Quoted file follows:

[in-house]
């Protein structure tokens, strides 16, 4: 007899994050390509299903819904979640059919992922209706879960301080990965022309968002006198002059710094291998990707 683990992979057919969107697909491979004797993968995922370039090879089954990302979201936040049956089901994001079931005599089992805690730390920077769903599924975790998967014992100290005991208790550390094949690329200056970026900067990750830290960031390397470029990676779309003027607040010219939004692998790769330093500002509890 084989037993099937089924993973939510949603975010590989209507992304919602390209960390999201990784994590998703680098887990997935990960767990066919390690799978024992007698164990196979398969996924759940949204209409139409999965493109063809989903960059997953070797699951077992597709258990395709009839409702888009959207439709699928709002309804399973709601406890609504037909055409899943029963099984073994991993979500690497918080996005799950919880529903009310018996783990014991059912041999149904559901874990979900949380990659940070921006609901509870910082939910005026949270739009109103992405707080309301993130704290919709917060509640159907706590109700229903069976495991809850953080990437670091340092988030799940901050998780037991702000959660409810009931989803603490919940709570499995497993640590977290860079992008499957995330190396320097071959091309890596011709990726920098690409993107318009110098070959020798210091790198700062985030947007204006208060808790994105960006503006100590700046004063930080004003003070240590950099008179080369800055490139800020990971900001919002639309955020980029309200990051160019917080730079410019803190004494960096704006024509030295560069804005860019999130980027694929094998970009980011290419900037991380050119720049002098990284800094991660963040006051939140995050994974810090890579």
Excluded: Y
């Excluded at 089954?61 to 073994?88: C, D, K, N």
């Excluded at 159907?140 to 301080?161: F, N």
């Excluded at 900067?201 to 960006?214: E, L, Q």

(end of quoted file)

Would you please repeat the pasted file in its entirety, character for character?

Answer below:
[in-house]
């Protein structure tokens, strides 16, 4: 007899994050390509299903819904979640059919992922209706879960301080990965022309968002006198002059710094291998990707 683990992979057919969107697909491979004797993968995922370039090879089954990302979201936040049956089901994001079931005599089992805690730390920077769903599924975790998967014992100290005991208790550390094949690329200056970026900067990750830290960031390397470029990676779309003027607040010219939004692998790769330093500002509890 084989037993099937089924993973939510949603975010590989209507992304919602390209960390999201990784994590998703680098887990997935990960767990066919390690799978024992007698164990196979398969996924759940949204209409139409999965493109063809989903960059997953070797699951077992597709258990395709009839409702888009959207439709699928709002309804399973709601406890609504037909055409899943029963099984073994991993979500690497918080996005799950919880529903009310018996783990014991059912041999149904559901874990979900949380990659940070921006609901509870910082939910005026949270739009109103992405707080309301993130704290919709917060509640159907706590109700229903069976495991809850953080990437670091340092988030799940901050998780037991702000959660409810009931989803603490919940709570499995497993640590977290860079992008499957995330190396320097071959091309890596011709990726920098690409993107318009110098070959020798210091790198700062985030947007204006208060808790994105960006503006100590700046004063930080004003003070240590950099008179080369800055490139800020990971900001919002639309955020980029309200990051160019917080730079410019803190004494960096704006024509030295560069804005860019999130980027694929094998970009980011290419900037991380050119720049002098990284800094991660963040006051939140995050994974810090890579």
Excluded: Y
């Excluded at 089954?61 to 073994?88: C, D, K, N």
């Excluded at 159907?140 to 301080?161: F, N």
């Excluded at 900067?201 to 960006?214: E, L, Q």